1) Students involved in building the models learn a lot
    2) Students who have no data (new teams) can get a feel for the practical limits of FSAE cars
    3) Students start to set practical targets for data channels they need TO USE the models (there is no input for seat-temp in the model)
    4) Riding points 2 and 3, teams will gain an understanding of sensor quality required (slip example: what gyroscopes actually can be measurement-updated once per lap?)

    Unfortunately, very few teams are ever going to know how to steal your yaw damping rates, and fewer what to do with it if they get it. And if I shared data, and someone got it and understood how to make use of my yaw damping rates in their design - that's awesome and congratulations on design finals, ha. And perhaps next year everyone understands it; the competition is a little more competitive and a little smarter for it!

    Short story - I see the benefit is in the collaborative modelling, not necessarily the data-sharing itself.
    Austin G.
    Tech. Director of APEX Pro LLC
    Auburn University FSAE
    War Eagle Motorsports
    Chief Chassis Engineer 2013
    Vehicle Dynamics 2010-2012

  8. #8
    Senior Member
    Join Date
    Mar 2005
    Modena, Italy

    Couple of things to note...

    LatAcc data coming from a sensor in an unknown location on the car is useless for anything but steady state measurements

    Slip angle data coming from a sensor in an unknown location on the car is useless under all conditions

    Damper speed data without a known motion ratio is useless under all conditions

  9. #9
    Senior Member
    Join Date
    Mar 2008
    Brighton, MI

    Shared testing

    How would you feel if a test operations group were present at a FSAE Meet where there was sufficient lanes and straightaway length so that some handling performance tests could be run for a team? Sure, share the data and its free. Don't share, it costs you some beverage funding.

    Since you (hopefully) already have some sort of common steering wheel disconnect(s), it would be very practical for a volunteer squad (maybe even from private industry) to install, calibrate, run a few test procedures, (let's say frequency response or constant radius, max lateral g, static steer effort and overall steer ratio) and deliver raw data with post-processed results in a nice and tidy summary report. Added to a database, teams would swarm all over the population of findings and do their own analysis of what works and what doesn't .

    Its usually the SWA adapter that causes the most problems in getting useful data (I repeat USEFUL data) in race testing, so a combined common SWA and SWT xducer would be a huge feature. Add some cheap (Sorry, I mean inexpensive) speed and yaw and roll velocity xducers and maybe a lateral accelerometer and you can go play car-car with the data.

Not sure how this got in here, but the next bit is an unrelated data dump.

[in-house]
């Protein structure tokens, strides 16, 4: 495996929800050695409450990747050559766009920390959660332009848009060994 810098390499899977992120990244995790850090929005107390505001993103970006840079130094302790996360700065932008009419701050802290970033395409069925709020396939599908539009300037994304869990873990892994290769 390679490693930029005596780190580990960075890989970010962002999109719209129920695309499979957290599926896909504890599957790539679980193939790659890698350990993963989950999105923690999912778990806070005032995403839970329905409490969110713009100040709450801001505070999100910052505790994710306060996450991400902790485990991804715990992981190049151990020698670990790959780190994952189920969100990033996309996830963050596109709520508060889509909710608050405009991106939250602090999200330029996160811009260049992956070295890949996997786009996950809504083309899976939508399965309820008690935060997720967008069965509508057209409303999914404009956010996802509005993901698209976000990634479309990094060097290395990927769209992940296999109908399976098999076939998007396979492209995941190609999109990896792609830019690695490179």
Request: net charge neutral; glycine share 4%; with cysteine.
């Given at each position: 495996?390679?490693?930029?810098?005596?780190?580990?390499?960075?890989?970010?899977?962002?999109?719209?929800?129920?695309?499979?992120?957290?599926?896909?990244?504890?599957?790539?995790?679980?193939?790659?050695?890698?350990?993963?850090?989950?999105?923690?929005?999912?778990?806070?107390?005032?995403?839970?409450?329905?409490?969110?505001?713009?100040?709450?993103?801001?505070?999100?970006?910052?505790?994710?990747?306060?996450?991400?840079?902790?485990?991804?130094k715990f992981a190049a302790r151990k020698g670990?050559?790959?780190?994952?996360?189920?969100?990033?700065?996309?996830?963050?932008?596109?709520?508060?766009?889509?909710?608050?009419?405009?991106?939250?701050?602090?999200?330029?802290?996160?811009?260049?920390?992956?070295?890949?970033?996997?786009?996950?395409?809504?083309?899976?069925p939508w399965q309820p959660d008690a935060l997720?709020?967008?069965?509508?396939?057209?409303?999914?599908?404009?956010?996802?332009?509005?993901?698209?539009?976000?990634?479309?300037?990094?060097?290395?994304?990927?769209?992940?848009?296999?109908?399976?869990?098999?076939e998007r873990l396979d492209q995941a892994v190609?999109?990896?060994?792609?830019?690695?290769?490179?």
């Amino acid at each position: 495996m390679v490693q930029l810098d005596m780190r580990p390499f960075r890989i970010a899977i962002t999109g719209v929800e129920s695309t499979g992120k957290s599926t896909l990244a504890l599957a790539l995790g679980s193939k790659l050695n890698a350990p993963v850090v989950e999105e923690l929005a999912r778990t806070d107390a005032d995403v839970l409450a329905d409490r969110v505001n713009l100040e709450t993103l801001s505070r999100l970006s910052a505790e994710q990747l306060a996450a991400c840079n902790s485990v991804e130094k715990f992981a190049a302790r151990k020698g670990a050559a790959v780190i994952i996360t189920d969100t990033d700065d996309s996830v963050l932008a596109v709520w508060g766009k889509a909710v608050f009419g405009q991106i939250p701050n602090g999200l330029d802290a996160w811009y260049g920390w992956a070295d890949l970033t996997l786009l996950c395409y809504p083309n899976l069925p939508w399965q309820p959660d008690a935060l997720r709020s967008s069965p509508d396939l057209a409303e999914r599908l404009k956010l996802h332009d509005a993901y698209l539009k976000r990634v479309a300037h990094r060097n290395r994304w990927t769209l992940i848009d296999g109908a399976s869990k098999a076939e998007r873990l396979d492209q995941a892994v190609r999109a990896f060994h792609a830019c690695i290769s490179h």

Using the ChassisSim procedures to match the data to a reference car model is up to the teams, but that's a really high value undertaking. All data processing done in Matlab and a post to a Access database while you wait. I'd guess it could or would be a 2 hour or less process per car (probably 1 hr if common power and transducer attachment fixturing is specified and in place). I'm pretty sure this would cover the Best of the Best (BOB) and the Worst of the Worst (WOW) design cases (Those are real word descriptions, folks). A couple of sets of equipment, one semi-pro driver (sorry, pretty shoes doesn't make you a good test driver) and a take-a-number waiting line is all it takes. Maybe do the top 5 cars or something like that. You decide. BTW: your cars have to run for this folks.

    There could be some serious profit in this if a group of real race geeks could keep the bottle and can return deposit money for embarking on this undertaking. Maybe Shark Tank possibilities here, too.

    I've attached some sample results pics for a couple of different test procedures.. This is sim data but the processing accommodates actual road test data, too. All you then need is to know what it means or implies.
    Attached Images
    Last edited by BillCobb; 02-04-2015 at 11:02 AM. Reason: spilling korrectnivity

  10. #10
    Senior Member
    Join Date
    Mar 2008
    Palo Alto, CA
    I'd recommend starting with something manageable, like getting a repository of vehicle masses and CG locations together, or getting teams to volunteer sharing their spec sheets.

    Anything more is likely to take time away from you building your own car for the year. But hey, maybe that's ok with your team.
    Formula SAE: When you just can't get rid of a girlfriend.